Friday, April 25, 2014

Pet-Friendly Beaches

Want to know the best beaches to take your pup to in the Wilmington area?   

Since getting Izzy, my poodle/schnauzer (schnoodle) ball of energy, 18 months ago, I've made a study of this.   Just say the word, "beach," and Izzy starts running circles at the door.  Dogs and beaches just seem to go together.

My personal favorite is the Fort Fisher State Recreation Area, one of the few remaining undeveloped stretches of shoreline on the southern coast.  Beautiful, pristine and usually uncrowded.  Free parking, too.   (I'm so lucky -- Izzy and I can jump in the car and be there in about 15 minutes.)   Most of the local beaches don't allow dogs on the strand during the summer season, but at Fort Fisher she can go year-round.  The rules say she needs to stay on the leash, though.  And do be sure to keep your dog away from any of the loggerhead turtle nests, which can be found on this beach.  
Fort Fisher.   Just look at this amazing beach!
Can you just see yourself here with Fido?

Fort Fisher State Recreation Area is on the southern tip of Pleasure Island, with the Atlantic Ocean on the east and the widening mouth of the Cape Fear River on the west.  It is south of Wilmington, south of Carolina Beach, and south of Kure Beach.

If you want the opportunity to let your dog off leash for some real fun in the sand, there are some local options for that, too -- at least during off season.   Freeman Park, north of Carolina Beach, on the far north end of Pleasure Island, allows dogs off-leash from November 1 - February 29.  Dogs are allowed on the beach at Freeman Park the rest of the year as long as they are on leash.   This is also one of the few beaches where you can drive and park your 4-wheel drive onto the beach and camp overnight.   Lots of party fun goes on here!  Don't forget to buy your permit for this beach.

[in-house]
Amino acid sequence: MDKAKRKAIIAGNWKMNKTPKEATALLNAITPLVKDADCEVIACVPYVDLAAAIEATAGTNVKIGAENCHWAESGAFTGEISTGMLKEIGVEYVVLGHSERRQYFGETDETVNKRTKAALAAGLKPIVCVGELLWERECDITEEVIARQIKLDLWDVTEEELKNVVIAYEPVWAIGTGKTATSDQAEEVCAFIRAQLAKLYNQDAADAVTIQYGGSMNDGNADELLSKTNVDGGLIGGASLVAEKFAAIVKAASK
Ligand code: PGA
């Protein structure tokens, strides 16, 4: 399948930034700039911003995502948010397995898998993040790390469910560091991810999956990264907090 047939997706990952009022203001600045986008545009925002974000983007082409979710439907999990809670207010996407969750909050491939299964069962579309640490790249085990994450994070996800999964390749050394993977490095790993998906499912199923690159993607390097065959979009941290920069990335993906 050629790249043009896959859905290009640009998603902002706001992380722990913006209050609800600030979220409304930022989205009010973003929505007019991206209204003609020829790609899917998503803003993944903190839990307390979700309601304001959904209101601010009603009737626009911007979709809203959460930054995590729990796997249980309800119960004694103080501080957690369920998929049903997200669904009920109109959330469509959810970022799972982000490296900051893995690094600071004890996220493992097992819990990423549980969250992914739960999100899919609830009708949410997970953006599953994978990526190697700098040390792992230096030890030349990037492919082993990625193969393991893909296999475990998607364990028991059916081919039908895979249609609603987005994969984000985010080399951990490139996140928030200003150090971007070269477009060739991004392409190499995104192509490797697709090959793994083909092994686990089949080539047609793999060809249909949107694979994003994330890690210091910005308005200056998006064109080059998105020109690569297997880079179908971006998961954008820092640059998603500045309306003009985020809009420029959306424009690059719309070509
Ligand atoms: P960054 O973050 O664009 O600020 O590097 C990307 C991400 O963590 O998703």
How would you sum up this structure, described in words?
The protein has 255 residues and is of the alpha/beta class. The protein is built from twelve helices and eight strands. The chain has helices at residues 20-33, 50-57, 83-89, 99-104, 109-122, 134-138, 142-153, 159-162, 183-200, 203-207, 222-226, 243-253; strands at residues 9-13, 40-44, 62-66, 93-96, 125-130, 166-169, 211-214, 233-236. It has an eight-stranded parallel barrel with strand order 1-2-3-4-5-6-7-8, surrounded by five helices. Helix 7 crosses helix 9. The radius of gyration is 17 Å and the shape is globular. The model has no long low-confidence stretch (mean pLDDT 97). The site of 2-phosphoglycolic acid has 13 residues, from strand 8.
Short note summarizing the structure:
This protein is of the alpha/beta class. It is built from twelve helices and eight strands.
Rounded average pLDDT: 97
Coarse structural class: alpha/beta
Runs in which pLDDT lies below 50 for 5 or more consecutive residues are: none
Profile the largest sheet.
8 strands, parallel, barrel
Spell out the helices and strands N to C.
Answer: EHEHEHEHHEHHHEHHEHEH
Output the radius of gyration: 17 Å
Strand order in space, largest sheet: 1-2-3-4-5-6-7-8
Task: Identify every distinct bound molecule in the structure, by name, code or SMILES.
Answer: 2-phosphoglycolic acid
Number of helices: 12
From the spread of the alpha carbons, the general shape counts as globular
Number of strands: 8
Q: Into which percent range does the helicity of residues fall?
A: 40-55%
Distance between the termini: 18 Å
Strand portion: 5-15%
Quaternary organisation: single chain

Topsail Beach also allows dogs off-leash from October 1 to May 14, but better leash them up during the summer season.  Topsail Beach is on the southern end of family-friendly Topsail Island, a 26-mile barrier island just south of Camp Lejeune and north of Wilmington.  Historians says pirates used to hide in the channel behind Topsail Island, waiting to pounce on passing merchant ships on the ocean side -- but your dog will be more interested in trying to pounce on the numerous sea birds.  (So far, I haven't seen any success with that.)

If you are one of those people who would rather not share your beach with other people's pets, you'll be happy to know that no dogs are allowed on the strand during the summer season at Wrightsville Beach, Carolina Beach, and Kure Beach.